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Michael Strmiska is at Rīga Stradiņš University (RSU) on a Fulbright Scholarship from the United States. He has a PhD in Religious Studies and has come to Latvia to teach religion-oriented courses in the anthropology and media studies departments. He became interested in European pagan movements after going to Iceland in 1996 on another Fulbright Scholarship. After witnessing an Icelandic fall equinox ritual and feeling its spiritual power, Dr. Strmiska's interest in paganism grew, and took over his academic life.

How did you come to be at RSU?

I've been interested in the Baltic region for a long time. I actually have partial Lithuanian ancestry. My first visit to Riga was the early 2000s and I actually met members of Dievturi on my very first visit, so I was already aware of them.

I have observed how the movement has changed over the years. Each new generation of people brings in new ideas, so it's not the same as it was 20 years ago. Right now they are in a very interesting, creative phase.

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I received a US-funded Fulbright Fellowship back in 2004 to teach at Šiauliai University in Lithuania, and now I wanted to come back to the region, so I thought why not to Latvia. Each year Fulbright offers specific opportunities with particular universities, so a couple of years ago there was suddenly an opening for anthropology with RSU. I pursued that and came to know Klāvs Sedlenieks and Ieva Puzo.

Why did you decide to stay in Latvia for the coronavirus lockdown?

Part of the calculation was that if I were to return to the US, I would be going to the New York City area, which is clearly one of the worst places to be in the world right now in terms of the coronavirus. But honestly I wanted to stay here and continue my activities, even under lockdown.

What do you teach at RSU?

I have two courses here. For one of them, we had our final meeting the night before the lockdown took effect at the university. That was a course on religion and media as part of Communication and Media Studies in the Faculty of Communication. And another was a course on the anthropology of religion.

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The last class on 10 March before restrictions were imposed. Photo: Linda Klusa

Could you explain why people are drawn to paganism?

If you were to spend a lot of time getting to know people in Dievturi or similar movements, you would find that maybe sometimes they're more concerned with the national identity aspect, and at other times they may be feeling this intense connection to nature. Other times they may be reflecting on the dainas or the myths and feeling 'oh, there's a much deeper meaning here.' As for example people do with the Latvian symbols. The symbolic vocabulary of Latvia is very rich, so people go very deeply into that and come up with their own interpretations. Paganism has very many possibilities that people can pursue according to their interests and their needs.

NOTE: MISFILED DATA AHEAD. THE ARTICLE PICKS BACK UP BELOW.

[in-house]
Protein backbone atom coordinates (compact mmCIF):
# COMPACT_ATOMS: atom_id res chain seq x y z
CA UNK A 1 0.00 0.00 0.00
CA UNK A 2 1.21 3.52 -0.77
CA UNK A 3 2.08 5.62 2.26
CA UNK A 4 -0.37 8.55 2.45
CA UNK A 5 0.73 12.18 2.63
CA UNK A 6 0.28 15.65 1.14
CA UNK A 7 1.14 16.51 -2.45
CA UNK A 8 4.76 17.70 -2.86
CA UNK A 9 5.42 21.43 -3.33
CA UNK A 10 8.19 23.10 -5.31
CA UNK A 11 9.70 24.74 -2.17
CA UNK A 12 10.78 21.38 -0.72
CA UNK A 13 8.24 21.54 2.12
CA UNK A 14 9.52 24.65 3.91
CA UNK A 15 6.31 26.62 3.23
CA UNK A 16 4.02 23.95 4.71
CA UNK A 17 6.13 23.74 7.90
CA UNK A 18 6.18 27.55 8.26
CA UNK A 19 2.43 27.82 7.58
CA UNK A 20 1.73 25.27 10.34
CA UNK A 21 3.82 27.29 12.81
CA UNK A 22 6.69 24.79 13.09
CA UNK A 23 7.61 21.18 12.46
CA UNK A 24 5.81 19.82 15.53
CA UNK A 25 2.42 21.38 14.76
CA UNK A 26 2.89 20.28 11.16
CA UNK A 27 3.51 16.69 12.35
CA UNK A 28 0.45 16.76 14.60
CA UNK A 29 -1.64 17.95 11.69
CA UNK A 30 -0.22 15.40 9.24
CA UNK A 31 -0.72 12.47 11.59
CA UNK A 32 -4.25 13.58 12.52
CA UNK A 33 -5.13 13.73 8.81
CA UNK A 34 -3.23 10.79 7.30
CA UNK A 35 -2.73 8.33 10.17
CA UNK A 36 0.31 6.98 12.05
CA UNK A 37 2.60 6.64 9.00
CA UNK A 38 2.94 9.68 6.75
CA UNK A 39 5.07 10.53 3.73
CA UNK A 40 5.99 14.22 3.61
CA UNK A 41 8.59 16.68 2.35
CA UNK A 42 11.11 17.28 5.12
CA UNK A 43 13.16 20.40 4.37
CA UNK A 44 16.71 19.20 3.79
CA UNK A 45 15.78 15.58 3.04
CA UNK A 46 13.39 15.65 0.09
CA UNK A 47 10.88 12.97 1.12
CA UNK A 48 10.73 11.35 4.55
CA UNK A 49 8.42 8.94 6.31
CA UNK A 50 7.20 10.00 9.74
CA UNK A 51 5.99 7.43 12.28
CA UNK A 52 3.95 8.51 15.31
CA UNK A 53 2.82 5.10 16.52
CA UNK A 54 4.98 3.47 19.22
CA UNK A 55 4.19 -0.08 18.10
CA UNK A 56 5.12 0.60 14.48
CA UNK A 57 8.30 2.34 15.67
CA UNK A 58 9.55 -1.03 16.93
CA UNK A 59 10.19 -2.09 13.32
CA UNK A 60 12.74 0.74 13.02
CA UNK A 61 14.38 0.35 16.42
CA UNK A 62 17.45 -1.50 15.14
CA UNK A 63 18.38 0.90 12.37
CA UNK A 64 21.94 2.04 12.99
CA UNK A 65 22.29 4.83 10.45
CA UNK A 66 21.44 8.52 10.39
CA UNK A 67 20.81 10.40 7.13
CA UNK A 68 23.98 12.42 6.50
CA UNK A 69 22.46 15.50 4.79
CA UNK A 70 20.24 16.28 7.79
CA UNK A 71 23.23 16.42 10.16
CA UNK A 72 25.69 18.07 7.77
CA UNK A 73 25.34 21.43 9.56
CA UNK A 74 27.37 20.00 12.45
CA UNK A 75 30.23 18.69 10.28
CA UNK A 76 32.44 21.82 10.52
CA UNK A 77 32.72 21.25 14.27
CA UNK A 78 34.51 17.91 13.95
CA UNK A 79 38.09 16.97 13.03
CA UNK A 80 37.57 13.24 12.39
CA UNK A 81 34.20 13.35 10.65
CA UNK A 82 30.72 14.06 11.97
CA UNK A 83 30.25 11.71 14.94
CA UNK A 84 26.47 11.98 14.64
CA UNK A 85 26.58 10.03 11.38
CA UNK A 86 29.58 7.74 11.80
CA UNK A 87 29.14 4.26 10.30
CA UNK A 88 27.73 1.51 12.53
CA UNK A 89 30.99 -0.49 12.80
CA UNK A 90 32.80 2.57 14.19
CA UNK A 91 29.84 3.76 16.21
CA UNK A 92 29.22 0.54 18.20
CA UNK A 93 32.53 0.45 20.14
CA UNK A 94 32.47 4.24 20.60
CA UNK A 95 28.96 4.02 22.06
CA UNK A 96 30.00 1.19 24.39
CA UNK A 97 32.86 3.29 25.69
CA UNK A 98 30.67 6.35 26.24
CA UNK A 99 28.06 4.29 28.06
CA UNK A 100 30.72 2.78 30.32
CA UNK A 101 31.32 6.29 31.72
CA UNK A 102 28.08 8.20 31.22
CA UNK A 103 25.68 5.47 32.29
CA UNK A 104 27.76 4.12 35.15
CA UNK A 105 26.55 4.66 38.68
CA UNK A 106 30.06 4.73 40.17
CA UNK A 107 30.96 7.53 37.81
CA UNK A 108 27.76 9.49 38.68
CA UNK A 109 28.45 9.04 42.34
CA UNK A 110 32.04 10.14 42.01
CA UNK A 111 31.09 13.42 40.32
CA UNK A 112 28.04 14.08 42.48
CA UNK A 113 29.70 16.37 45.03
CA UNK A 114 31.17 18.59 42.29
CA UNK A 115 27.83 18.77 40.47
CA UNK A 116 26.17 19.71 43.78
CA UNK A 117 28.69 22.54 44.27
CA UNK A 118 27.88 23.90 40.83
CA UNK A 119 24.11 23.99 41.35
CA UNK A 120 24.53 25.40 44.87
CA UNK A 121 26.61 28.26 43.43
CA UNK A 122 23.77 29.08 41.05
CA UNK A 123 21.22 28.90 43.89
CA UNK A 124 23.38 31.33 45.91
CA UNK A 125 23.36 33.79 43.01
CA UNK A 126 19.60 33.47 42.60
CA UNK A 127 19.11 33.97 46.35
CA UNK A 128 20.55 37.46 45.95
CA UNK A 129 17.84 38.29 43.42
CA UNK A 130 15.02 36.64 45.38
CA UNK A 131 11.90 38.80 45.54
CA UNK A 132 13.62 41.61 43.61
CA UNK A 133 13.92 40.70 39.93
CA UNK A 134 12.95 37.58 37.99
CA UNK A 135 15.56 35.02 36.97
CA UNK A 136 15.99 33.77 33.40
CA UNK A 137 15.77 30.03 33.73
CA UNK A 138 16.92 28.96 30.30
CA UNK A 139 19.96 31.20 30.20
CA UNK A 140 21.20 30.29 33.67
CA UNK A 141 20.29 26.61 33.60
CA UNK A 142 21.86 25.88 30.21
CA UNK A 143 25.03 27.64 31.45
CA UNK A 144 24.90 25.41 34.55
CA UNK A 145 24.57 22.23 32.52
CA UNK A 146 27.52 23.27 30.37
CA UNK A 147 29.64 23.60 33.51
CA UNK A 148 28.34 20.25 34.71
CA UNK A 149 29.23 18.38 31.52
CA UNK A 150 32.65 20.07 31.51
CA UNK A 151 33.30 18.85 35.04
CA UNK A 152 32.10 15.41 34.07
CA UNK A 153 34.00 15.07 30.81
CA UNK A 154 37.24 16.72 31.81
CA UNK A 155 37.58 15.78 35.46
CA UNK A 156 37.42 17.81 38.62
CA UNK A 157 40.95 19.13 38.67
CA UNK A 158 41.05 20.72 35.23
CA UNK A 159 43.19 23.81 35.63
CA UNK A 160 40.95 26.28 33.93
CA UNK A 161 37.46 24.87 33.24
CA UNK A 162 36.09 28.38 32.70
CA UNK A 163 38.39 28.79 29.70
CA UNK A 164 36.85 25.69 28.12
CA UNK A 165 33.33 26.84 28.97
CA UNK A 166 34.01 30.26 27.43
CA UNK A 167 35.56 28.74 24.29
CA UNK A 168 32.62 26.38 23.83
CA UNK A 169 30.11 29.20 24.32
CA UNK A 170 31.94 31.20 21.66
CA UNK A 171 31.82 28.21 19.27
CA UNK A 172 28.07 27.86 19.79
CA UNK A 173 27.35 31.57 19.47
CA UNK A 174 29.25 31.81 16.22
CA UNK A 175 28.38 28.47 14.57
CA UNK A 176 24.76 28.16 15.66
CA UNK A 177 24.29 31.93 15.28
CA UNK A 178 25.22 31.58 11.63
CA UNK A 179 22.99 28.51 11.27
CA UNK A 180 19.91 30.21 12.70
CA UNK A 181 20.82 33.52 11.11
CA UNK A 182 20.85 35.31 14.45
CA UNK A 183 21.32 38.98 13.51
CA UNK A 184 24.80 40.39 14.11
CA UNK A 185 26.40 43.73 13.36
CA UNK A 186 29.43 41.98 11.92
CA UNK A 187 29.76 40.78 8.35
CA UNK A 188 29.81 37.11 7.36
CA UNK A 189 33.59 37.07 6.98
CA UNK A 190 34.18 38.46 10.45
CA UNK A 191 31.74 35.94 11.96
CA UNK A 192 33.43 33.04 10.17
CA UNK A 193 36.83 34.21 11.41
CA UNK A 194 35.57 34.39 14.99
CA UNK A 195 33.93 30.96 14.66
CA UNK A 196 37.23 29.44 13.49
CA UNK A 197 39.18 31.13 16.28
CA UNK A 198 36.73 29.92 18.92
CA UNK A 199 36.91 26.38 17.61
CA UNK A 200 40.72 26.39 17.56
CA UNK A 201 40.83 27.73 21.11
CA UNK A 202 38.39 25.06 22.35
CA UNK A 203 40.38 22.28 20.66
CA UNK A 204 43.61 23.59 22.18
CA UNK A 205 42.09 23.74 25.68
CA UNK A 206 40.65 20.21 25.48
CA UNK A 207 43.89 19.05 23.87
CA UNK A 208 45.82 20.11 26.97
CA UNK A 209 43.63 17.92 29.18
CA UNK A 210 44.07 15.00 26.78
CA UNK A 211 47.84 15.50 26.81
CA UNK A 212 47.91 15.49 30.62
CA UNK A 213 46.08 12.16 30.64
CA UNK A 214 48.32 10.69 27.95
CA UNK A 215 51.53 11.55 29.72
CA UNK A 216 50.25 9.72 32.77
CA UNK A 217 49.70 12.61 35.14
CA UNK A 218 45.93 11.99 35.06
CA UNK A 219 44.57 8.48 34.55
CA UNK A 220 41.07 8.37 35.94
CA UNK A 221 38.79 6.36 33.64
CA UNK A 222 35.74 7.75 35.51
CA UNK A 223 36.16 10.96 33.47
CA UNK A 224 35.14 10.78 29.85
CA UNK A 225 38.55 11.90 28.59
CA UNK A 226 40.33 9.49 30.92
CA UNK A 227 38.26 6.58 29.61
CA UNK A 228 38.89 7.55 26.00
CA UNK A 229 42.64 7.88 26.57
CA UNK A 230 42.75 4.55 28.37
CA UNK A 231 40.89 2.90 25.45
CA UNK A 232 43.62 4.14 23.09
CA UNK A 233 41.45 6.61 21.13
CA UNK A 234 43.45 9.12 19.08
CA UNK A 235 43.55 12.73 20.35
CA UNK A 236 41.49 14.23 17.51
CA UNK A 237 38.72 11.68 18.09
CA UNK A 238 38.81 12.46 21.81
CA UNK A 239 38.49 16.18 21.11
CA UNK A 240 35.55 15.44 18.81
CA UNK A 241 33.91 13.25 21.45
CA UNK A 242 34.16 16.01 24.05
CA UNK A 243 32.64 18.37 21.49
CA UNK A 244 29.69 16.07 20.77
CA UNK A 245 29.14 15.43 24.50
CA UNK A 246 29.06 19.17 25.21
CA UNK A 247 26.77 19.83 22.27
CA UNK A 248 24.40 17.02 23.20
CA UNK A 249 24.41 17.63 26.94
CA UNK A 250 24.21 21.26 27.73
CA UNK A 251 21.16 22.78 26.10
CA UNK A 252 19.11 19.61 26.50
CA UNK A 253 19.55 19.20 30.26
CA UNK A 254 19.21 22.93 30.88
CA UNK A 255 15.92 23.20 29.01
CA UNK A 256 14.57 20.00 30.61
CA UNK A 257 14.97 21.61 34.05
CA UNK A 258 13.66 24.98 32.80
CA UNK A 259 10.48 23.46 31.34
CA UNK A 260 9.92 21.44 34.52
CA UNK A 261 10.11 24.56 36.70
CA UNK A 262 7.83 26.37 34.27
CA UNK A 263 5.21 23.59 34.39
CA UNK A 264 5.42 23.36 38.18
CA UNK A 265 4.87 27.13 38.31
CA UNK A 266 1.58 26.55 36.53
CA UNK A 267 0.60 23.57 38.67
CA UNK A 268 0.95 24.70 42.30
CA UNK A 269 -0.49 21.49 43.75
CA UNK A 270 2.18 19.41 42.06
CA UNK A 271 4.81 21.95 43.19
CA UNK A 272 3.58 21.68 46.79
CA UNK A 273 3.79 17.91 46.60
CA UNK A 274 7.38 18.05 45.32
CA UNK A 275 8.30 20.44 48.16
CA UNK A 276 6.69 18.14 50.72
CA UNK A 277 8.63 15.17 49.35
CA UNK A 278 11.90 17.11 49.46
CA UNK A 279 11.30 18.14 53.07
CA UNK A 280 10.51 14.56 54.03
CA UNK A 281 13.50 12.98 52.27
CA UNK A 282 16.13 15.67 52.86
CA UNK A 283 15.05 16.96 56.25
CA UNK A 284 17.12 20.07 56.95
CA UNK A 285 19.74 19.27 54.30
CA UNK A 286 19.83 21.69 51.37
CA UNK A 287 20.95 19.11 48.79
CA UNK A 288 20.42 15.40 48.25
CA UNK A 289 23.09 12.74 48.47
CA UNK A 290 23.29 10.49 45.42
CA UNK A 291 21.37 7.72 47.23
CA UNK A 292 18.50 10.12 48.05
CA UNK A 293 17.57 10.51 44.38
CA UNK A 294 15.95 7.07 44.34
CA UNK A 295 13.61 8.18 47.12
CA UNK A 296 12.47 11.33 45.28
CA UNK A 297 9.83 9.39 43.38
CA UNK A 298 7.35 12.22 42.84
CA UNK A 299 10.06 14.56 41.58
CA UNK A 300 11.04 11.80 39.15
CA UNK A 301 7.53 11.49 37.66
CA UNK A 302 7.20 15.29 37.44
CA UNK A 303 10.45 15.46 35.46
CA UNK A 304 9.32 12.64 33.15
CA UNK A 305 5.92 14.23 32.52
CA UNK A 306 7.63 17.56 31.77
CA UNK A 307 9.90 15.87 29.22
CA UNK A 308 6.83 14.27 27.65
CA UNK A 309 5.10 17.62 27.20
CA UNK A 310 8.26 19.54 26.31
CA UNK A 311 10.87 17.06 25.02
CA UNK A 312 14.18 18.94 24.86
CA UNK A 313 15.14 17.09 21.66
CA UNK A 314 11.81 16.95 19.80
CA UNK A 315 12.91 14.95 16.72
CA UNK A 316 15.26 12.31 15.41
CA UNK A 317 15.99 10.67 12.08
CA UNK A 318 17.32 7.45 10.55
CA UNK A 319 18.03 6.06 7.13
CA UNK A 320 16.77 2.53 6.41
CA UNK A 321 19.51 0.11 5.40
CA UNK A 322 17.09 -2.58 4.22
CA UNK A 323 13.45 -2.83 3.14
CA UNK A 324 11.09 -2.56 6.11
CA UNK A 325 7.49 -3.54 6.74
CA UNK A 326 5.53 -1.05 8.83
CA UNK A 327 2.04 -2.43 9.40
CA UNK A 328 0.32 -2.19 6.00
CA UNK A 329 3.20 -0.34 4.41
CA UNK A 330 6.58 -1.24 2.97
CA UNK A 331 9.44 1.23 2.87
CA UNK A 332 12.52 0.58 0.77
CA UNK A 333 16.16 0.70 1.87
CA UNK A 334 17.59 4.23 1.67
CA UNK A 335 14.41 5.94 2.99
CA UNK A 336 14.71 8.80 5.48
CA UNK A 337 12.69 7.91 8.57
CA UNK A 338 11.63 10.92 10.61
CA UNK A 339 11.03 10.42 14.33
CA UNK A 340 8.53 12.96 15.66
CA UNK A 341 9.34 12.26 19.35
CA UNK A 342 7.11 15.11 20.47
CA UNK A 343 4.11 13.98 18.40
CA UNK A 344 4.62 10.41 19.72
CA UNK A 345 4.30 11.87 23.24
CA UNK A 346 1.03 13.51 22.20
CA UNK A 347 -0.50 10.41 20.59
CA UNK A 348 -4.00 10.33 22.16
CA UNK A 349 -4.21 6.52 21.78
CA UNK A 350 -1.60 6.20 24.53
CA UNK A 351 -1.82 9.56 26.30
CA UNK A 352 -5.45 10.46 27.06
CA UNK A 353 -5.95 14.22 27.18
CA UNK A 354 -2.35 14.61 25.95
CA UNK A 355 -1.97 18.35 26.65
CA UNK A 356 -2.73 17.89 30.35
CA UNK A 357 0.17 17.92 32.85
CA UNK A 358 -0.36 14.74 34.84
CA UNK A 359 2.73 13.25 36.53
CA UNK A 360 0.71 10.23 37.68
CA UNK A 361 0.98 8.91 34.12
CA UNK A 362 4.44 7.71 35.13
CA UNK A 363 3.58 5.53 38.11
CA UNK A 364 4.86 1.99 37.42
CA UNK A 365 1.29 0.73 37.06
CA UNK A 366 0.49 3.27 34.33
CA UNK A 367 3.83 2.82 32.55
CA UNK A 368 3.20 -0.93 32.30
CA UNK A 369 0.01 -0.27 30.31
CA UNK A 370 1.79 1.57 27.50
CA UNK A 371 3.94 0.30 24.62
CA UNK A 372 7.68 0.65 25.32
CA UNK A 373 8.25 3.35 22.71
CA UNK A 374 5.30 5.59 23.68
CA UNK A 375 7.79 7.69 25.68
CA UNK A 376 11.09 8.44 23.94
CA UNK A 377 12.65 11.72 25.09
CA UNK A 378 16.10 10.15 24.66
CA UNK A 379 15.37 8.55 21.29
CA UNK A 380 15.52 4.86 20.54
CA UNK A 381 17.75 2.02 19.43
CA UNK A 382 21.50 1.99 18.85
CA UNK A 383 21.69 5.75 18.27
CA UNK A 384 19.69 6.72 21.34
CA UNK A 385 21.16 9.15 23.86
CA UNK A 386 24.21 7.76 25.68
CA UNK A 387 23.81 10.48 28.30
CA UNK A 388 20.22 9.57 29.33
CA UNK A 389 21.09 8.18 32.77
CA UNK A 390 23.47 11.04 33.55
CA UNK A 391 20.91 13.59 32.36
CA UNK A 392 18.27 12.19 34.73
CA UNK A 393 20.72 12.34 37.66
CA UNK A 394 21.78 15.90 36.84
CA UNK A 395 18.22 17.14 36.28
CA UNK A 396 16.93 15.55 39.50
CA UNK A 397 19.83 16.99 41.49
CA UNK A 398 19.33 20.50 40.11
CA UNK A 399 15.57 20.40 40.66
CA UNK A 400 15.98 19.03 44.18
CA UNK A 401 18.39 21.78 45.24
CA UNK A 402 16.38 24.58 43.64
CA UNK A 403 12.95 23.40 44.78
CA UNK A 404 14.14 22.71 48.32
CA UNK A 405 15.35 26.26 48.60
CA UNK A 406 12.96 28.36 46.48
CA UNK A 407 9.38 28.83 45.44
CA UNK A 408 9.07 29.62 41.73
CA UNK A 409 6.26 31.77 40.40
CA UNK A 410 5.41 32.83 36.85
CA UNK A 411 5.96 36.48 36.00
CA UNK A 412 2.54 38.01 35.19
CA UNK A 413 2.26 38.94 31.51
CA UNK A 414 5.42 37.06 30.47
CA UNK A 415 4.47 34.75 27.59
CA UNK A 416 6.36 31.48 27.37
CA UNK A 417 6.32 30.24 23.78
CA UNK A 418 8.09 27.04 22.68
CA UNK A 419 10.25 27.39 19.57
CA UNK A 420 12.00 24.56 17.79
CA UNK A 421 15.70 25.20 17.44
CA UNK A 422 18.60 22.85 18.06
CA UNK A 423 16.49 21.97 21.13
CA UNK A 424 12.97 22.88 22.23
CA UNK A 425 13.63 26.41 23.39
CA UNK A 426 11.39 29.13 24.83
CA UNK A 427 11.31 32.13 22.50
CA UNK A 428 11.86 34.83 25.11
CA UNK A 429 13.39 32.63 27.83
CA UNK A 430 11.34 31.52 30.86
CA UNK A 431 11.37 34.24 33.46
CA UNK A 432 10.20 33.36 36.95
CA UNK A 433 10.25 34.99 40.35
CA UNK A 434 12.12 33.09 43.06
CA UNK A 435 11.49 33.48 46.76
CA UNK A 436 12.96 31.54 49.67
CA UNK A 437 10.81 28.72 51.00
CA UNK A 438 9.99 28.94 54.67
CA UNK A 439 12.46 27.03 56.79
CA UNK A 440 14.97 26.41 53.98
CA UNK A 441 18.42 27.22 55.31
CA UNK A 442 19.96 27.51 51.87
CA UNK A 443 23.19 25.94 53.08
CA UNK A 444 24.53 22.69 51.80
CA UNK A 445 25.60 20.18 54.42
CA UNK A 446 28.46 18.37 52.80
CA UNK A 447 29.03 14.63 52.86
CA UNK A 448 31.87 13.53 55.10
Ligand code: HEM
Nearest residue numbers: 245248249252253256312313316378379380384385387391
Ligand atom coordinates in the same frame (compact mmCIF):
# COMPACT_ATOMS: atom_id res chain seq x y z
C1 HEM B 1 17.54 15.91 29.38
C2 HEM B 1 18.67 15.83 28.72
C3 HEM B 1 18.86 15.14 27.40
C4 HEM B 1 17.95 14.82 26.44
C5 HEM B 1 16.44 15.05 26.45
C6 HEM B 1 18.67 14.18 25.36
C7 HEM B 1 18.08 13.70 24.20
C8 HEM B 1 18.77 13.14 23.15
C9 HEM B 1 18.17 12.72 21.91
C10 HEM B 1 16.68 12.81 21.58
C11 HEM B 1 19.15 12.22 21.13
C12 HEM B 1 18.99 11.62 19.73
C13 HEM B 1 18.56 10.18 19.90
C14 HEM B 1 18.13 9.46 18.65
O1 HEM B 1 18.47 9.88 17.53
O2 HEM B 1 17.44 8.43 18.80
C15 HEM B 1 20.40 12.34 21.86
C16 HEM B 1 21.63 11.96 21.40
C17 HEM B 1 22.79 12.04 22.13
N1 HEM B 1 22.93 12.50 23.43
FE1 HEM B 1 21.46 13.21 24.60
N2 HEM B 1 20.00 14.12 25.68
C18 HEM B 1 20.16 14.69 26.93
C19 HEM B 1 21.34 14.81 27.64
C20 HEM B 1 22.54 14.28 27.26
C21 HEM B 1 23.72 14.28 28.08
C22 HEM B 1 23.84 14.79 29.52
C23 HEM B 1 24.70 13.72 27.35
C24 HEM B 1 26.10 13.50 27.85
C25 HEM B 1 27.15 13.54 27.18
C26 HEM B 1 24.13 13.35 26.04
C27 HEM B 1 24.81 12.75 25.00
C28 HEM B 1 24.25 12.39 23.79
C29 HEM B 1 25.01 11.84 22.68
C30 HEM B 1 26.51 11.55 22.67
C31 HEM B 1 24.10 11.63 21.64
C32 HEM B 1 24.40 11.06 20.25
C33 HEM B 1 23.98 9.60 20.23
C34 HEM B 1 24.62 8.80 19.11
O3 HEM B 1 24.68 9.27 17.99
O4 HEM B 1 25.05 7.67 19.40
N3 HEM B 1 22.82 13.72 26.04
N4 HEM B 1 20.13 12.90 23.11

Does this cause arguments and divisions?

There certainly can be, but they're just as often over personality issues as anything else. But regarding internal divisions, this does not come up so much in Baltic paganism, but in Scandinavian paganism, or Scandinavian-based paganism (which can be called Ásatrú or heathenry, or Norse, or Nordic paganism) some people add a kind of racial dimension to it. This is where we sometimes get into right-wing, neo-Nazi territory. People may not go that far, but they are opening the door to it, and can be somewhat sympathetic to it.

Have you studied the political aspects of paganism?

I actually did want to explore the politics of the American Norse pagans about ten years ago, but I found that it was a disaster for my research, because people just didn't want to talk to me anymore. They saw me as an extreme person who was overly concerned with racism and things like that. So I really haven't been able to do anything with the American Norse pagans since then. That door has kind of shut. It is a very sensitive issue, for sure. But now I've come to focus on the political side more and more, because with the rise in the right wing ethnic nationalism that we see in so many countries nowadays, from USA to Europe and beyond, I see this reflected in paganism. I organised a conference in Masaryk University in Brno in the Czech Republic four years ago, because I had taught there for one semester in 2015 as a visiting professor. The conference was about politics and paganism. The papers from that conference were published in a journal called The Pomegranate. My keynote lecture for the conference, later published in the journal, was titled “Pagan Politics in the 21st century: Peace and Love, or Blood and Soil?” in which I lay out a lot of these issues.

How do pagan religions organise?

Regarding structure, Pagan groups like the Ásatrú Society in Iceland or Dievturība in Latvia or Romuva in Lithuania typically have a regular form of organisation with elected leadership. They have rules that they follow for their meetings and regarding finances. Generally, to be registered with the government, you have to demonstrate certain things. 

As far as beliefs go, that is more loosely defined. In Dievturi, for example, there's a general understanding of being dedicated to old Latvian traditions, to the old Latvian gods and goddesses, respect for folklore, and of course, especially for the folk songs. The dainas are at the heart of it all.